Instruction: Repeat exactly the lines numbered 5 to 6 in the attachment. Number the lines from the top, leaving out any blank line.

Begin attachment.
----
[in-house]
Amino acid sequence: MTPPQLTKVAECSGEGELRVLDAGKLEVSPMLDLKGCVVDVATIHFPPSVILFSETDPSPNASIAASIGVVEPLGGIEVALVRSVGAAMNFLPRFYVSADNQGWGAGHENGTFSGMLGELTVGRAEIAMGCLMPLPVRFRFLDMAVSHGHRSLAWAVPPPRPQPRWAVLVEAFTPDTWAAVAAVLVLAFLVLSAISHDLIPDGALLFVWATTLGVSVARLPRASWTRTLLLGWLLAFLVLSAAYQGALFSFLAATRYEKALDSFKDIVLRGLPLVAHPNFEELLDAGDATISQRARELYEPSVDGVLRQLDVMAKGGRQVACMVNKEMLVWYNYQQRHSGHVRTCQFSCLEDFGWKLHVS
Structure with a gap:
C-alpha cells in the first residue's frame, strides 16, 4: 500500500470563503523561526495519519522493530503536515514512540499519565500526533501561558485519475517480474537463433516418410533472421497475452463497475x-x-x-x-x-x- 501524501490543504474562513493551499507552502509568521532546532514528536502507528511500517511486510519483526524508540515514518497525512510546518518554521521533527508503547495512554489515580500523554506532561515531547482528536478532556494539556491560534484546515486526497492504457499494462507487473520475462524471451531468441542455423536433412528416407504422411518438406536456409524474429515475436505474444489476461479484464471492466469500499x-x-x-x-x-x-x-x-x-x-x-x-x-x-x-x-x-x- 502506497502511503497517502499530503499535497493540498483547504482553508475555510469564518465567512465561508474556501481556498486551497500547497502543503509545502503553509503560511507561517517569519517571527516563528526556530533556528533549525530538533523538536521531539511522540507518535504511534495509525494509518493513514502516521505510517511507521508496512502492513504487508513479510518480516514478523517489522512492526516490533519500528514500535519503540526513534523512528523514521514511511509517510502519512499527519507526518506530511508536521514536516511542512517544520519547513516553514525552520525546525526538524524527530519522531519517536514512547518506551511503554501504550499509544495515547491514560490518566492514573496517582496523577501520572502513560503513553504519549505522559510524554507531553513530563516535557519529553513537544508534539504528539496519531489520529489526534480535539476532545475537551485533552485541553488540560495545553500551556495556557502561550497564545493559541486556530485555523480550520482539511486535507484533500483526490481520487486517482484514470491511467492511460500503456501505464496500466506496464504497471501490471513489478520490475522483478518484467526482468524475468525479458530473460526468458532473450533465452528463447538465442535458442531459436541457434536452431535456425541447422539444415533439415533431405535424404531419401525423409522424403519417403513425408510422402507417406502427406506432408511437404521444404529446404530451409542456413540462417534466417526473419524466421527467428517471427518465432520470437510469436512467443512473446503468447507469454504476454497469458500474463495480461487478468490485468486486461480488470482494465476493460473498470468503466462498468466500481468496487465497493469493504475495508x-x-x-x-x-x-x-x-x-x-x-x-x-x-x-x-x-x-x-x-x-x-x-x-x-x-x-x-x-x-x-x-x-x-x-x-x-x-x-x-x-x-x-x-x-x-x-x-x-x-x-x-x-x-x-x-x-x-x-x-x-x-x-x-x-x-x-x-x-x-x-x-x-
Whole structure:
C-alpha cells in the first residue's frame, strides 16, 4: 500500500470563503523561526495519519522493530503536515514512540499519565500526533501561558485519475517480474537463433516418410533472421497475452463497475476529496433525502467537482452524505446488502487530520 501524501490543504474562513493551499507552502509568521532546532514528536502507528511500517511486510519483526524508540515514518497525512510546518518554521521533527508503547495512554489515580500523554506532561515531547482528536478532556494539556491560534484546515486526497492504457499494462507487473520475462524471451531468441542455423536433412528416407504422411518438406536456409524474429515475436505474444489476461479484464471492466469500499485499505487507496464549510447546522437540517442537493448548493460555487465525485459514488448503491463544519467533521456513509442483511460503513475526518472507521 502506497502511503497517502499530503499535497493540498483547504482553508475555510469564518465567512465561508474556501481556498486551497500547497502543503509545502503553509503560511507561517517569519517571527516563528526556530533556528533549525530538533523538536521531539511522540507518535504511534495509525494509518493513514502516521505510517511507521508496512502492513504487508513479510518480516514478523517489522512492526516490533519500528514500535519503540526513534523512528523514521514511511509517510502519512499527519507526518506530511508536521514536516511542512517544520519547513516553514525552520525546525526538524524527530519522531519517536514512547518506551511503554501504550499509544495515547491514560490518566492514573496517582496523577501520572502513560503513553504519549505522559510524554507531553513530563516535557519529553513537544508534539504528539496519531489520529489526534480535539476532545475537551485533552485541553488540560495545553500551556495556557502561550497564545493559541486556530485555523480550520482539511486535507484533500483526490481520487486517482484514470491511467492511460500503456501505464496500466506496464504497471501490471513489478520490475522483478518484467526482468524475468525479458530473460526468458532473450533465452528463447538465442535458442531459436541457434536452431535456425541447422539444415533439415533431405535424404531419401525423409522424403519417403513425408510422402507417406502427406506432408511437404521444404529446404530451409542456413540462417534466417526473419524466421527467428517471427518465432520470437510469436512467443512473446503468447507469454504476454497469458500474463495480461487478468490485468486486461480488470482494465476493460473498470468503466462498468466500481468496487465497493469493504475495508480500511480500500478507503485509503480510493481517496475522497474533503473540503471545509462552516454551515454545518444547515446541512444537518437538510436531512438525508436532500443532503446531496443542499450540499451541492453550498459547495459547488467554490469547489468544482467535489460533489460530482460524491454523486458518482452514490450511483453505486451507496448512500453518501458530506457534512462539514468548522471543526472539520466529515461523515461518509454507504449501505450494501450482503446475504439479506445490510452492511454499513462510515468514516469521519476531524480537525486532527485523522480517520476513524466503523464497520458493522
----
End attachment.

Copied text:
Whole structure:
C-alpha cells in the first residue's frame, strides 16, 4: 500500500470563503523561526495519519522493530503536515514512540499519565500526533501561558485519475517480474537463433516418410533472421497475452463497475476529496433525502467537482452524505446488502487530520 501524501490543504474562513493551499507552502509568521532546532514528536502507528511500517511486510519483526524508540515514518497525512510546518518554521521533527508503547495512554489515580500523554506532561515531547482528536478532556494539556491560534484546515486526497492504457499494462507487473520475462524471451531468441542455423536433412528416407504422411518438406536456409524474429515475436505474444489476461479484464471492466469500499485499505487507496464549510447546522437540517442537493448548493460555487465525485459514488448503491463544519467533521456513509442483511460503513475526518472507521 502506497502511503497517502499530503499535497493540498483547504482553508475555510469564518465567512465561508474556501481556498486551497500547497502543503509545502503553509503560511507561517517569519517571527516563528526556530533556528533549525530538533523538536521531539511522540507518535504511534495509525494509518493513514502516521505510517511507521508496512502492513504487508513479510518480516514478523517489522512492526516490533519500528514500535519503540526513534523512528523514521514511511509517510502519512499527519507526518506530511508536521514536516511542512517544520519547513516553514525552520525546525526538524524527530519522531519517536514512547518506551511503554501504550499509544495515547491514560490518566492514573496517582496523577501520572502513560503513553504519549505522559510524554507531553513530563516535557519529553513537544508534539504528539496519531489520529489526534480535539476532545475537551485533552485541553488540560495545553500551556495556557502561550497564545493559541486556530485555523480550520482539511486535507484533500483526490481520487486517482484514470491511467492511460500503456501505464496500466506496464504497471501490471513489478520490475522483478518484467526482468524475468525479458530473460526468458532473450533465452528463447538465442535458442531459436541457434536452431535456425541447422539444415533439415533431405535424404531419401525423409522424403519417403513425408510422402507417406502427406506432408511437404521444404529446404530451409542456413540462417534466417526473419524466421527467428517471427518465432520470437510469436512467443512473446503468447507469454504476454497469458500474463495480461487478468490485468486486461480488470482494465476493460473498470468503466462498468466500481468496487465497493469493504475495508480500511480500500478507503485509503480510493481517496475522497474533503473540503471545509462552516454551515454545518444547515446541512444537518437538510436531512438525508436532500443532503446531496443542499450540499451541492453550498459547495459547488467554490469547489468544482467535489460533489460530482460524491454523486458518482452514490450511483453505486451507496448512500453518501458530506457534512462539514468548522471543526472539520466529515461523515461518509454507504449501505450494501450482503446475504439479506445490510452492511454499513462510515468514516469521519476531524480537525486532527485523522480517520476513524466503523464497520458493522